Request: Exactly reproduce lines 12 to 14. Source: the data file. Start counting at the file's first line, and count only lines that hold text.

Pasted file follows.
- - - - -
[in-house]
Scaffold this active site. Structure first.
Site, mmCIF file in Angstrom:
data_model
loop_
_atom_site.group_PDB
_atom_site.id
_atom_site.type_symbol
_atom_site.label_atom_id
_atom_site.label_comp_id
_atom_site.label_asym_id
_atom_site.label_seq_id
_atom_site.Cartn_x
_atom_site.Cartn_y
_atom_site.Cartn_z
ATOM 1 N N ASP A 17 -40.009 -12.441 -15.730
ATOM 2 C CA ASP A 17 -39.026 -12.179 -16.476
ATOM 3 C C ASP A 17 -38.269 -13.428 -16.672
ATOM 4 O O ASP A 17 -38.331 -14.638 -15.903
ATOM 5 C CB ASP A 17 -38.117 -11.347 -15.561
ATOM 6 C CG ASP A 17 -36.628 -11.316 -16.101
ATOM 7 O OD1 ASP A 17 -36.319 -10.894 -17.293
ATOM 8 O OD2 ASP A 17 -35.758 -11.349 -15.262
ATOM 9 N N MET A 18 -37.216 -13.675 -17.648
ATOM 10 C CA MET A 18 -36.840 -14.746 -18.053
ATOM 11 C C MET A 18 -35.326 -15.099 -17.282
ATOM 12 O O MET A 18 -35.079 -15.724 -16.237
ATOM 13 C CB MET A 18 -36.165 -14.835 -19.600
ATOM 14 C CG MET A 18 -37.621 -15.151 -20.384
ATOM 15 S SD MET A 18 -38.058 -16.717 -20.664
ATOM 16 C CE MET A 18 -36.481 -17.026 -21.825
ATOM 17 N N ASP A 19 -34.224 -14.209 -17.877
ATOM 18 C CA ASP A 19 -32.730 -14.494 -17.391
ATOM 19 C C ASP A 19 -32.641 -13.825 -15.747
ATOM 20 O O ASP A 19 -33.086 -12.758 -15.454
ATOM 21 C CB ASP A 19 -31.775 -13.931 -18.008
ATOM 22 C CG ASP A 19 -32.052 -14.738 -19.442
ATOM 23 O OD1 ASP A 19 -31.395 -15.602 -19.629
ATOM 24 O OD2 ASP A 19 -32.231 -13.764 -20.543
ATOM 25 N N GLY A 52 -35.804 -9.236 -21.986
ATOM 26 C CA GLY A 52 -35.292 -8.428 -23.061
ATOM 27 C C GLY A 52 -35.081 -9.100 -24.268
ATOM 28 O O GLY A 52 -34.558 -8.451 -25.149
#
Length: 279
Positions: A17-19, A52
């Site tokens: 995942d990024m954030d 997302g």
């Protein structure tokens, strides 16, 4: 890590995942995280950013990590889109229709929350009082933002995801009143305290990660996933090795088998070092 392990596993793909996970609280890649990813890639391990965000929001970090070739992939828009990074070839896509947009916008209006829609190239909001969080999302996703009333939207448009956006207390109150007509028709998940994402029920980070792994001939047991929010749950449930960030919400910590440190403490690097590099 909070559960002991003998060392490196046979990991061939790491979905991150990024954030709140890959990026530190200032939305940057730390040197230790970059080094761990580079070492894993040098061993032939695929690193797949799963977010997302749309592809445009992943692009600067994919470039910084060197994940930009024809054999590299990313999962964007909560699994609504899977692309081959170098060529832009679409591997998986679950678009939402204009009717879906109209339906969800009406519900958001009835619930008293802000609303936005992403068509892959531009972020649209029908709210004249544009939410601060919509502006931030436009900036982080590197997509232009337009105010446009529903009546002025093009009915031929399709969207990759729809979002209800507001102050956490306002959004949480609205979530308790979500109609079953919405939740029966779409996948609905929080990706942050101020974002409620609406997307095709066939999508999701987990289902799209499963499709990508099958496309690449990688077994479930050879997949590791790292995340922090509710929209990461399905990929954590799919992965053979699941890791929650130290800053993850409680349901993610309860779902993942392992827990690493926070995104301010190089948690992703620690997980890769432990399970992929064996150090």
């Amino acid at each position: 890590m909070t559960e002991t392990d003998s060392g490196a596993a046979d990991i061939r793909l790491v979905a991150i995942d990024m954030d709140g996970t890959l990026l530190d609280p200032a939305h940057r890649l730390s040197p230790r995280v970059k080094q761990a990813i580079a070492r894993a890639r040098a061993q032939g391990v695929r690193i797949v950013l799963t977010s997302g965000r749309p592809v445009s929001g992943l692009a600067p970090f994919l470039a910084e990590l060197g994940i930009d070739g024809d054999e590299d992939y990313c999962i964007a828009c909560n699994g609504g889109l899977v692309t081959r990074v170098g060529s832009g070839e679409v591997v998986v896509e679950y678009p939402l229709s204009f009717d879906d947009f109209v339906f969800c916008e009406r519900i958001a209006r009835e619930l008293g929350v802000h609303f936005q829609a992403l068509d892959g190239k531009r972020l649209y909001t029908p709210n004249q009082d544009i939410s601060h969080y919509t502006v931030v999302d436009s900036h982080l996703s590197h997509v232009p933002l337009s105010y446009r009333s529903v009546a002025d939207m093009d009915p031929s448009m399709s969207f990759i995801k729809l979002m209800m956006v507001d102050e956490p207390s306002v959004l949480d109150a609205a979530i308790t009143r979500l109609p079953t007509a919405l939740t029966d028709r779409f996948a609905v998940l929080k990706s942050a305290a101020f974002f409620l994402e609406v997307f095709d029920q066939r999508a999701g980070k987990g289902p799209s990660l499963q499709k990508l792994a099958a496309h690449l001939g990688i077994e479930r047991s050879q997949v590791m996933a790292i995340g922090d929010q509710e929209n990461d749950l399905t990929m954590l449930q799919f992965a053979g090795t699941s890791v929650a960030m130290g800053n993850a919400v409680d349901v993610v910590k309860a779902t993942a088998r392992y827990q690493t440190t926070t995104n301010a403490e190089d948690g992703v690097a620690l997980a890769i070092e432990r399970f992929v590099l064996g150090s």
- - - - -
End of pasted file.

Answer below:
_atom_site.label_seq_id
_atom_site.Cartn_x
_atom_site.Cartn_y